Intelligent Reasoning

Promoting, advancing and defending Intelligent Design via data, logic and Intelligent Reasoning and exposing the alleged theory of evolution as the nonsense it is. I also educate evotards about ID and the alleged theory of evolution one tard at a time and sometimes in groups

Tuesday, May 19, 2015

The Explanatory Filter (EF) in Action

EvoTARDs are so clueless they don't understand how archaeology, forensic science and SETI go about making a design inference. They don't seem to be able to grasp Newton's four rules of scientific investigation:

Sir Isaac Newton was a significant contributor to the Scientific Revolution. Newton believed that scientific theory should be coupled with rigorous experimentation, and he published four rules of scientific reasoning in Principia Mathematica (1686) that form part of modern approaches to science:
  1. admit no more causes of natural things than are both true and sufficient to explain their appearances,
  2. to the same natural effect, assign the same causes,
  3. qualities of bodies, which are found to belong to all bodies within experiments, are to be esteemed universal, and
  4. propositions collected from observation of phenomena should be viewed as accurate or very nearly true until contradicted by other phenomena.
Newton’s rules of scientific reasoning have proved remarkably enduring. His first rule is now commonly called the principle of parsimony, and states that the simplest explanation is generally the most likely. The second rule essentially means that special interpretations of data should not be used if a reasonable explanation already exists. The third rule suggests that explanations of phenomena determined through scientific investigation should apply to all instances of that phenomenon. Finally, the fourth rule lays the philosophical foundation of modern scientific theories, which are held to be true unless demonstrated otherwise. This is not to say that theories are accepted without evidence, nor that they can’t change – theories are built upon long lines of evidence, often from multiple pieces of research, and they are subject to change as that evidence grows.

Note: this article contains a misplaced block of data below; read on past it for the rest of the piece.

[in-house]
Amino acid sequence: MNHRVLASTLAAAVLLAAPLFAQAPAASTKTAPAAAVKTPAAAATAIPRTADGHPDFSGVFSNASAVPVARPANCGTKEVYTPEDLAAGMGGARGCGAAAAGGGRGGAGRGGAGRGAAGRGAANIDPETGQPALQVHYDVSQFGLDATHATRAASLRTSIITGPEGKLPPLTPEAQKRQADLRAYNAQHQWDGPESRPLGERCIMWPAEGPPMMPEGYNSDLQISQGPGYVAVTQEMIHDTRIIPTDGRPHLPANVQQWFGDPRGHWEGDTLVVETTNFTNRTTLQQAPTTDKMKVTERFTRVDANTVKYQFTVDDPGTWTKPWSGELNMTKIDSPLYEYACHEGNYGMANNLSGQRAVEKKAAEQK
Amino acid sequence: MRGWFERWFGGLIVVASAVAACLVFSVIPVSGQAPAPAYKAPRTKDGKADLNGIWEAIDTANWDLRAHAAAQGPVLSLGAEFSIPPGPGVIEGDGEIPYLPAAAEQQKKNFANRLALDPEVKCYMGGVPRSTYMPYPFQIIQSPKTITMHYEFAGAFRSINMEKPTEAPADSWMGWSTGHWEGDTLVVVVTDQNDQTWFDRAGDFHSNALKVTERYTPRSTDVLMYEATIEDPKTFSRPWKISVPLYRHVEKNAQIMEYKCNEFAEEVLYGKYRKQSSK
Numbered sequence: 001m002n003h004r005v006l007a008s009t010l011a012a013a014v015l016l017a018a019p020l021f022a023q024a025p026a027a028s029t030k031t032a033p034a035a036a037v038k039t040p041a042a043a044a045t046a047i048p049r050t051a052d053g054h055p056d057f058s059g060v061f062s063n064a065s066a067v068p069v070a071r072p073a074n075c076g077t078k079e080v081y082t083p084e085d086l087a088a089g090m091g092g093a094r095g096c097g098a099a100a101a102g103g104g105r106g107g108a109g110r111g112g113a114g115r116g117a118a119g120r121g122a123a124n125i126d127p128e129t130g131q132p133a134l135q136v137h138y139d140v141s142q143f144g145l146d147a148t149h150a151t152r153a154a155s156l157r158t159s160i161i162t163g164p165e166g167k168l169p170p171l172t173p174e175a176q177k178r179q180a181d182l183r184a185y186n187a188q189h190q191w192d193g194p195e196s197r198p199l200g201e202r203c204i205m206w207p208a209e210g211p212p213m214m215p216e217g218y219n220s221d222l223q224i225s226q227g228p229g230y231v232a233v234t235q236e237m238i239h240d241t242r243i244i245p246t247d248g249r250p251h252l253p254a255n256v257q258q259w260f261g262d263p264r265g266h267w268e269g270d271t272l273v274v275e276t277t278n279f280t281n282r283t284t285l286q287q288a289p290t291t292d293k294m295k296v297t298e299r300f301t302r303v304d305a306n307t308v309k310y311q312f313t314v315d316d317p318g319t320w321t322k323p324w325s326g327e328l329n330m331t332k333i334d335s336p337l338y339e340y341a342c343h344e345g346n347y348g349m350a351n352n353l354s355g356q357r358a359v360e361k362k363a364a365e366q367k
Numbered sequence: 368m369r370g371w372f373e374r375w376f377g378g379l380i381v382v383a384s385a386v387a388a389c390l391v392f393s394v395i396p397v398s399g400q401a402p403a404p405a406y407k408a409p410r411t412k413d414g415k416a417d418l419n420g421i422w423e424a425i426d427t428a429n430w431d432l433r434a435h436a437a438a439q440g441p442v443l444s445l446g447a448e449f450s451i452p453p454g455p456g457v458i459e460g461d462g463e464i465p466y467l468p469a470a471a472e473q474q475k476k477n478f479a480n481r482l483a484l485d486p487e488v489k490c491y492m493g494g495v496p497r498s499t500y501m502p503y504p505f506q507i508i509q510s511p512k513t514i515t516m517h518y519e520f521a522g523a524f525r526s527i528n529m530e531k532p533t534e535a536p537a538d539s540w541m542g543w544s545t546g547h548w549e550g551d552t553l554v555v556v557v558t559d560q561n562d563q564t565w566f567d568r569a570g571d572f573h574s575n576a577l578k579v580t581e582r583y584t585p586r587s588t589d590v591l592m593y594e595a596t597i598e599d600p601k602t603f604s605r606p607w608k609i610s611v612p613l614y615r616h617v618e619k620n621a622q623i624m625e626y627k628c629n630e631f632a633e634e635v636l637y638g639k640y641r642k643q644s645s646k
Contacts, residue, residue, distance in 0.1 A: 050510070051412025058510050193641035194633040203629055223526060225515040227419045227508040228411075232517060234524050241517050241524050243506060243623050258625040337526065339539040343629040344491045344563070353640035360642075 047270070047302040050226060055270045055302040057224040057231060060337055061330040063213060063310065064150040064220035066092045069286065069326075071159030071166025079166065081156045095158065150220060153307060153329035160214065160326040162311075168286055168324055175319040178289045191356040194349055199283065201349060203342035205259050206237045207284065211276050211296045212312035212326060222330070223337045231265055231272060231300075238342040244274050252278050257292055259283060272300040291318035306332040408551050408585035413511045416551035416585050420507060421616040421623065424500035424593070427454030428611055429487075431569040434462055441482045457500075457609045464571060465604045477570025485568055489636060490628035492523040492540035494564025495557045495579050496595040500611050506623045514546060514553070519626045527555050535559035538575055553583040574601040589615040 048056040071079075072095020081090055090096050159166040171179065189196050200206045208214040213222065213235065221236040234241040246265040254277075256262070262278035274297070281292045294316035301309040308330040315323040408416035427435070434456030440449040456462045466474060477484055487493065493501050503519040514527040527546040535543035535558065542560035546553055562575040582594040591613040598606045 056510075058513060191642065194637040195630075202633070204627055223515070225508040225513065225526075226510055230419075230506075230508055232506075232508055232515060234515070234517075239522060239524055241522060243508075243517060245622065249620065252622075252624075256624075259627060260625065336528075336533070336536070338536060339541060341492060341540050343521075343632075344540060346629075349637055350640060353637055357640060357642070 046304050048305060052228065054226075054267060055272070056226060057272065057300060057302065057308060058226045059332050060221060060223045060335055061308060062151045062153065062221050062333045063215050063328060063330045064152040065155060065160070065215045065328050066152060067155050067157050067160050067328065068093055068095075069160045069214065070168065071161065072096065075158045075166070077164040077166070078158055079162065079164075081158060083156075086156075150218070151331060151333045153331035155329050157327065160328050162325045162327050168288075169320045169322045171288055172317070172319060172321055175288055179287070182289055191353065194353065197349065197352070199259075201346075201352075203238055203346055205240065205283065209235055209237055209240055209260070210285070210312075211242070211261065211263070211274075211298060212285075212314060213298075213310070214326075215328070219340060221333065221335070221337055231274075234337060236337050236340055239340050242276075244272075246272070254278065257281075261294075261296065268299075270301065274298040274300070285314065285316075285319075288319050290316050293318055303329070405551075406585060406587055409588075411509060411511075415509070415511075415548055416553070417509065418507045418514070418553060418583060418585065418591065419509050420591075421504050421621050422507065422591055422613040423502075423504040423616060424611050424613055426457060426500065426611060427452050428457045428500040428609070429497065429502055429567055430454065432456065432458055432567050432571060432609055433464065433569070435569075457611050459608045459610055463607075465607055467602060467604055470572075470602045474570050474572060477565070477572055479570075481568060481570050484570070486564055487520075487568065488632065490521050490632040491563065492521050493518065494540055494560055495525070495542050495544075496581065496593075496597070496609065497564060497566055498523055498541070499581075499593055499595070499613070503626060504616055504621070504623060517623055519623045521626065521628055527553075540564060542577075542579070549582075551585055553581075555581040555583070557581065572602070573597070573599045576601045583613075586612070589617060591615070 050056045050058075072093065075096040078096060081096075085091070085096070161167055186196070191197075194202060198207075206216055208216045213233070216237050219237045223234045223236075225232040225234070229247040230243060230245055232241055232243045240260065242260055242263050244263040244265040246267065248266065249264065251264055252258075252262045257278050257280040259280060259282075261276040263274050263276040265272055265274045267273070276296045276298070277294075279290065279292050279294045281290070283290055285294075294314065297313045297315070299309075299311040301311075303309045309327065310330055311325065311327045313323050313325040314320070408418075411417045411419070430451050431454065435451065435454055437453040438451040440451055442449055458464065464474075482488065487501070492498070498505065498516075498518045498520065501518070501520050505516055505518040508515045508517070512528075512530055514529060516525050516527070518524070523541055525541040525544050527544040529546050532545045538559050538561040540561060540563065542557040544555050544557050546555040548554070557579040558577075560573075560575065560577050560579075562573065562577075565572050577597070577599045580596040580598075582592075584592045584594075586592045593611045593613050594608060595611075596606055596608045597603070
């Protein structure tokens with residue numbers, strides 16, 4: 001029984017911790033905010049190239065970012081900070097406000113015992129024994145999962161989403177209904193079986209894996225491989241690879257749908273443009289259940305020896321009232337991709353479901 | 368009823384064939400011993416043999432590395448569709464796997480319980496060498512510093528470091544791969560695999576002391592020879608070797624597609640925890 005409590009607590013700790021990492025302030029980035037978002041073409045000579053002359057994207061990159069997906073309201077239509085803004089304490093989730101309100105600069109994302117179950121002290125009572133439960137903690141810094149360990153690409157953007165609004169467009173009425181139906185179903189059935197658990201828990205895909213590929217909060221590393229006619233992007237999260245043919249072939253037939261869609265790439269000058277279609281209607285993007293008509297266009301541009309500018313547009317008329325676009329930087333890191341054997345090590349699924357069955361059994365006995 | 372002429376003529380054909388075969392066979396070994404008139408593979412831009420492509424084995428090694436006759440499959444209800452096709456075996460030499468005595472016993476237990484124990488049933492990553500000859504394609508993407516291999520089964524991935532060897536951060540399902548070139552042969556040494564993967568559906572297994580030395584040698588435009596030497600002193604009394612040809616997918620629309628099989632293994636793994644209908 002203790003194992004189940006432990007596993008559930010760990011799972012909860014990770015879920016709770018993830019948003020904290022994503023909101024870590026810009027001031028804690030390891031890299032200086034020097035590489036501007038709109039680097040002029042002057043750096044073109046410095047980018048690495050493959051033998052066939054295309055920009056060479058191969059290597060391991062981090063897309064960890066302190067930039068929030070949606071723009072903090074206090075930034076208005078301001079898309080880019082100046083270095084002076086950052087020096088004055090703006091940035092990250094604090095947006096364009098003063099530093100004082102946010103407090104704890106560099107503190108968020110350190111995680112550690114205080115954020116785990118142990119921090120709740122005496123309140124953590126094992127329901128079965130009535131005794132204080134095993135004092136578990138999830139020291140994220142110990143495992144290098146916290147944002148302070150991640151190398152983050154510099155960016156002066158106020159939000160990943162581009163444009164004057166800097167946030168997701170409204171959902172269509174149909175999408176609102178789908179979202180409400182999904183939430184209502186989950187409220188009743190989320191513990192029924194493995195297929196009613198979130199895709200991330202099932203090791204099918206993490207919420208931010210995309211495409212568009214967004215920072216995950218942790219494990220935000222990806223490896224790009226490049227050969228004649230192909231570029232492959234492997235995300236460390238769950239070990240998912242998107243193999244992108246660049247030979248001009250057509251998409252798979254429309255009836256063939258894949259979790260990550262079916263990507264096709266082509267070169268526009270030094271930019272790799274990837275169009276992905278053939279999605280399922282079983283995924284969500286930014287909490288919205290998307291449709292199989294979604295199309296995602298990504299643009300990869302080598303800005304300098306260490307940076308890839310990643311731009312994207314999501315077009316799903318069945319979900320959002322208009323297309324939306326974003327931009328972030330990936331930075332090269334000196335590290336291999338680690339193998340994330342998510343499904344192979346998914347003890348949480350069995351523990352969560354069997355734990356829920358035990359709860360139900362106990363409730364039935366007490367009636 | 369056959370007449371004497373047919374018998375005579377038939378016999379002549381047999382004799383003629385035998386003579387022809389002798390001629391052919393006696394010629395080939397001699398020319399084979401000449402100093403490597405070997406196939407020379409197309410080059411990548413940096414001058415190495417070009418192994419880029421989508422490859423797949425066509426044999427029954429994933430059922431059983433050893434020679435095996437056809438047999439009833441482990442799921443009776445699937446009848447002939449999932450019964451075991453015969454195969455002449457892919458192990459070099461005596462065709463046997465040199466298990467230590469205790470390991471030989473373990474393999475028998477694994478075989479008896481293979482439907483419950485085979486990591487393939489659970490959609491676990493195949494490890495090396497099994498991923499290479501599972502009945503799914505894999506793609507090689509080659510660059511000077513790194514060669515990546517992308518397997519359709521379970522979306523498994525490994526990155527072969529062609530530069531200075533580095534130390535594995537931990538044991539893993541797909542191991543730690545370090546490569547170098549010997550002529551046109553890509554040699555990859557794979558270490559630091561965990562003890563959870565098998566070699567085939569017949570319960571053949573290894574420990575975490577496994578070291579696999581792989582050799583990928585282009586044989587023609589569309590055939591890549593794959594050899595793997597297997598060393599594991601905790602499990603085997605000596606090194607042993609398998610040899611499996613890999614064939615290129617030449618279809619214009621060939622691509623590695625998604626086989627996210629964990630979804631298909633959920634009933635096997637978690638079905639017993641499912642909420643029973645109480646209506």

That means if necessity and chance can account for something then we don't infer a designer was required as that would be admitting a cause that is not required.

What's the point? The point is all design inferences use the EF or some reasonable facsimile thereof. That means archaeology uses it. Forensic science uses it. SETI uses it. Insurance investigators use it. If they don't then they have a high risk of having their design inference overturned. That's because all someone else has to do is demonstrate that nature could do it and that design inference is shit.

So the next time someone sez that no one uses the EF just call that person an ignoramus and be thankful they are not an investigator.


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